SURREY (NEWS 1130) – Business leaders across the province are coming together to figure out solutions for their communities, many that are reeling during this global pandemic.
Anita Huberman is CEO of the Surrey Board of Trade.
She says the COVID-19 Cabinet, which includes more than 30 businesses, has been created to address the ‘significant impacts on our economy in these unprecedented times’.
“The COVID-19 cabinet is a collaboration of a variety of different organizations from the business, labor, industrial and development sectors, including the B.C. Chamber of Commerce Business Council of B.C, Vancouver Board of Trade, you name it, it’s on there,” she says. “And it’s about collaboration of ideas. understanding what’s happening at Ground Zero. Many of us have invoked Ground Zero protocol in terms of calling each business, calling each of our members to see what issues they’re facing, what policies need to be enacted by the provincial and federal government. Many of us, many of our organizations have already spoken to different levels of government in terms of economic stimulus ideas to really instigate cash flow, and to help employees.”
Huberman, who has been with the Surrey Board of Trade for 26 years, says she’s never seen a situation like this.
“Since 6 am this morning, and even last night, I was getting calls from manufacturers, from different factories, retailers, developers, saying Whereas the support for my staff, I’m going to have to lay staff off, I don’t have money for rent, I can’t make my lease payment. I can’t make my property tax payments,” Huberman explains. “My major trading hub by China, the US, Europe all closed, what am I going to do? What are the supports? So I mean, it’s ongoing, and I’m doing absolutely everything I can, as are all of these organizations in British Columbia, supporting their members to get them to the right connection to government or other stakeholders.”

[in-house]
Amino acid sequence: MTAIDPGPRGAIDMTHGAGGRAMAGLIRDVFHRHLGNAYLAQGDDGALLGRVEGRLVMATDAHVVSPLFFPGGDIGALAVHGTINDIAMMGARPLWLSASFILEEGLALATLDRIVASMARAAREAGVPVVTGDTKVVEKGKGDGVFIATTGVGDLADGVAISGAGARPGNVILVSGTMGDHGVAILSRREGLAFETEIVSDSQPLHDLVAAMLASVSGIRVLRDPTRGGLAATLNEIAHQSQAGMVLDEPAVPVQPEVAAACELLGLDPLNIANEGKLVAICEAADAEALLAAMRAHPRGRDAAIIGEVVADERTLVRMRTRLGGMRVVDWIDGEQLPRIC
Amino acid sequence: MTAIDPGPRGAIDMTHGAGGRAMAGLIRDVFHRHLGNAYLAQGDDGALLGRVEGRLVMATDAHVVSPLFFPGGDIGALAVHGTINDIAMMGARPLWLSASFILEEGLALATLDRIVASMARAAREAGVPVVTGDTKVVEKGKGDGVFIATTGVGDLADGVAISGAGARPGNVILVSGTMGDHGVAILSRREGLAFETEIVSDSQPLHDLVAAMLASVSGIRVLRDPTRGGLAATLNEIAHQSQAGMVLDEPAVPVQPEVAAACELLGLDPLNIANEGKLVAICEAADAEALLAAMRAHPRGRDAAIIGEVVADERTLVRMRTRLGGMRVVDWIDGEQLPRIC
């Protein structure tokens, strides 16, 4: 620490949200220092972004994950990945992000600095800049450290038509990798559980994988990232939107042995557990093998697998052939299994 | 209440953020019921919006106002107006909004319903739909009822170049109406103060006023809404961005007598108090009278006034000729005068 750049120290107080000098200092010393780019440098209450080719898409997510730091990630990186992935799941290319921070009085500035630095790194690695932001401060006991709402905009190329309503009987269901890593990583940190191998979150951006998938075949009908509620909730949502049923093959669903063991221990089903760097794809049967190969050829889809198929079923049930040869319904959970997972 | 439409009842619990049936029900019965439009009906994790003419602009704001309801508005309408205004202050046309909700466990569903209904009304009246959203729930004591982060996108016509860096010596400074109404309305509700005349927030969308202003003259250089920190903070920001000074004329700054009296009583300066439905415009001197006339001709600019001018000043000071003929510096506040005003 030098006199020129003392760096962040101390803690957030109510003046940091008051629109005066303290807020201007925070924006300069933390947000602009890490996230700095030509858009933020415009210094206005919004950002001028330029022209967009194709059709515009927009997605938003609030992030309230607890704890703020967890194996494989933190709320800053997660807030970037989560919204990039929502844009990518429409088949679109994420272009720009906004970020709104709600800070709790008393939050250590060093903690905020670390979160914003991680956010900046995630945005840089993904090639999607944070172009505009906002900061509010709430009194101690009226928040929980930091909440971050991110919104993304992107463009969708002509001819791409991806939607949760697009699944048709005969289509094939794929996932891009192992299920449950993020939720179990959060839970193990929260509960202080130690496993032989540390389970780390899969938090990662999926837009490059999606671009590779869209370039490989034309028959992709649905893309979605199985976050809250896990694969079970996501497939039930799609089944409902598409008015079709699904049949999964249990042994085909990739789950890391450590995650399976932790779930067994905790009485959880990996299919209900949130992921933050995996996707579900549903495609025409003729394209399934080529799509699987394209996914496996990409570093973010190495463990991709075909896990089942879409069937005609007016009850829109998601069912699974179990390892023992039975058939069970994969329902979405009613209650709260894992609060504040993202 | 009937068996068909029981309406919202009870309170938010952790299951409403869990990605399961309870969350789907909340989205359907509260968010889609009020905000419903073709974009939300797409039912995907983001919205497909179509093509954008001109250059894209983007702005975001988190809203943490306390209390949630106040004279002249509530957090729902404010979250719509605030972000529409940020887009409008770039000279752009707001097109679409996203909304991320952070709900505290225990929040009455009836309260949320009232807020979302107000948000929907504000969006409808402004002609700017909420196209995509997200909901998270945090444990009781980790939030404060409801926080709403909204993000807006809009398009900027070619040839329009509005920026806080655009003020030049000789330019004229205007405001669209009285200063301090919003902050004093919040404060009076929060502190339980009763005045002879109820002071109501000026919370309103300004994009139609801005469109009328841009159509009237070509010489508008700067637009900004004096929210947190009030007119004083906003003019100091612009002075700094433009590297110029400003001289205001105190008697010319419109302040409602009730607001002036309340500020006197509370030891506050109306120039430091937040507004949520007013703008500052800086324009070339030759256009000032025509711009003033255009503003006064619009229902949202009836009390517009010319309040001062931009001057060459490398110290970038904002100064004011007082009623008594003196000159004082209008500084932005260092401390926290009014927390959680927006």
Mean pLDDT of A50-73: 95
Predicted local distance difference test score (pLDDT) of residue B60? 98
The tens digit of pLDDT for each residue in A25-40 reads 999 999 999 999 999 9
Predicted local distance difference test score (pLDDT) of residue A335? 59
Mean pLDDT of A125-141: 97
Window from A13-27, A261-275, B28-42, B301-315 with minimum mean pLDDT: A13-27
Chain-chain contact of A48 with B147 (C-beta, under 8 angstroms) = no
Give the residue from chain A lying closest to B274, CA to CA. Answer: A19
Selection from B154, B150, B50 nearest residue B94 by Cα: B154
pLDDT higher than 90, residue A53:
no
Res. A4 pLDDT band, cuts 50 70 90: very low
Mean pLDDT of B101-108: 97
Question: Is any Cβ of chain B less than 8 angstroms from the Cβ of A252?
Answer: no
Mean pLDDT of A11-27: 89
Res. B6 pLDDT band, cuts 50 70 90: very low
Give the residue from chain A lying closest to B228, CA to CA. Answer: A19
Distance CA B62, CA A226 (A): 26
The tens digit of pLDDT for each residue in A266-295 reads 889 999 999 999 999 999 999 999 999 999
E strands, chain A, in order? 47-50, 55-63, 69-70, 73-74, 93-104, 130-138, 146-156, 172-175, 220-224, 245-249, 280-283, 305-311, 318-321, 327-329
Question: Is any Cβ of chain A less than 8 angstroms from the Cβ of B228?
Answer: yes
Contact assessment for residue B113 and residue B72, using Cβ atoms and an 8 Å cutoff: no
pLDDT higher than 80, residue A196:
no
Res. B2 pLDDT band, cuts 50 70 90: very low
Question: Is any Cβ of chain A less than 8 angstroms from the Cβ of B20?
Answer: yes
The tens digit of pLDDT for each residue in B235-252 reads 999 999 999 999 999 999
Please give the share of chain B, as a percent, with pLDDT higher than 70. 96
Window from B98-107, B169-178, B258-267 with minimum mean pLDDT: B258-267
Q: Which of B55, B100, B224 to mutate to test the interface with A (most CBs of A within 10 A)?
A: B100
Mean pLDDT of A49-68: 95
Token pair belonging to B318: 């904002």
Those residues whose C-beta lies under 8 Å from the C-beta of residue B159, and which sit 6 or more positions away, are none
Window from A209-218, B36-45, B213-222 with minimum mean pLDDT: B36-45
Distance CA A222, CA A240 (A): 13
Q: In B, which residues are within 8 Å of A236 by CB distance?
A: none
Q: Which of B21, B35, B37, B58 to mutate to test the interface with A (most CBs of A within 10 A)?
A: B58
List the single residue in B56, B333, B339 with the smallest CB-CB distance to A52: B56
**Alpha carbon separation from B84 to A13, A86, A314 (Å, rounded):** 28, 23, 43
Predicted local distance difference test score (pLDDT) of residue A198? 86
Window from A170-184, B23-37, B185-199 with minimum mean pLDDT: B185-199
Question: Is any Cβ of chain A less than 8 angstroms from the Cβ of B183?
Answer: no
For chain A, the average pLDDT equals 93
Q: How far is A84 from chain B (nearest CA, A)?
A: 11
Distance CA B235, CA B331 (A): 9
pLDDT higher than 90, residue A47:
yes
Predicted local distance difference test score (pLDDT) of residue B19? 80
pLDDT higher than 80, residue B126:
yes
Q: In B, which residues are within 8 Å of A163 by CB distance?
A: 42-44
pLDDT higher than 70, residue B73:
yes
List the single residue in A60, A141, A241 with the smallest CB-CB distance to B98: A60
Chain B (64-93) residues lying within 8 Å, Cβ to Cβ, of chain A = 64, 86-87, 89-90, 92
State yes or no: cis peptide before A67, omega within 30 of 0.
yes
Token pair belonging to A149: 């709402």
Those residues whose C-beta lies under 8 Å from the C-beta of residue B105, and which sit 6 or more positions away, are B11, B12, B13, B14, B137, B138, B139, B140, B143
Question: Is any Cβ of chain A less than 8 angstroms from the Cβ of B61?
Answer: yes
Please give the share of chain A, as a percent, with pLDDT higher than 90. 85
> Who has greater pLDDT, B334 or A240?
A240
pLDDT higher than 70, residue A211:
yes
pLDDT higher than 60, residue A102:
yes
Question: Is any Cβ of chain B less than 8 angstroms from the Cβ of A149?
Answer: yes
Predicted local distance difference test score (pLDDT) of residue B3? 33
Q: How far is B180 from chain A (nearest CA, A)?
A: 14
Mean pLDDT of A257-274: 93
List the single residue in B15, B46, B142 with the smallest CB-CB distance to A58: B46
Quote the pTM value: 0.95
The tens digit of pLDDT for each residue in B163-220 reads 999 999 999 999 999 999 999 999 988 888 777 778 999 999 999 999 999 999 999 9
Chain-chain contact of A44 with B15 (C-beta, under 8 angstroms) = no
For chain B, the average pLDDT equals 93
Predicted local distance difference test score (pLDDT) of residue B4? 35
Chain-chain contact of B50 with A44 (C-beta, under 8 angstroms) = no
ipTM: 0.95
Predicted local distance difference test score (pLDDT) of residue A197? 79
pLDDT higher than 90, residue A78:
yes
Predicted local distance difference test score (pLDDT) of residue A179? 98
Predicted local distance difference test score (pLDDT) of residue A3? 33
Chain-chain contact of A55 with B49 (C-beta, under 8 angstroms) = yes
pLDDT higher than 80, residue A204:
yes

While the Cabinet will be meeting in the future to share information, and advocate on behalf of the BC Business community, Huberman says it’s a tough blow to the community, and will take time to recover.
“Well, business is the heart of a community. It drives business. It drives jobs. They give back To the community, they give back to our many service organizations who are also suffering as well. And absolutely, it’s emotional for me as a CEO, the Board of Trade for such a long time that our business community, their work forces are suffering. And again, we’re facing unprecedented challenges. And it’s going to require unprecedented decisions by all policymakers.”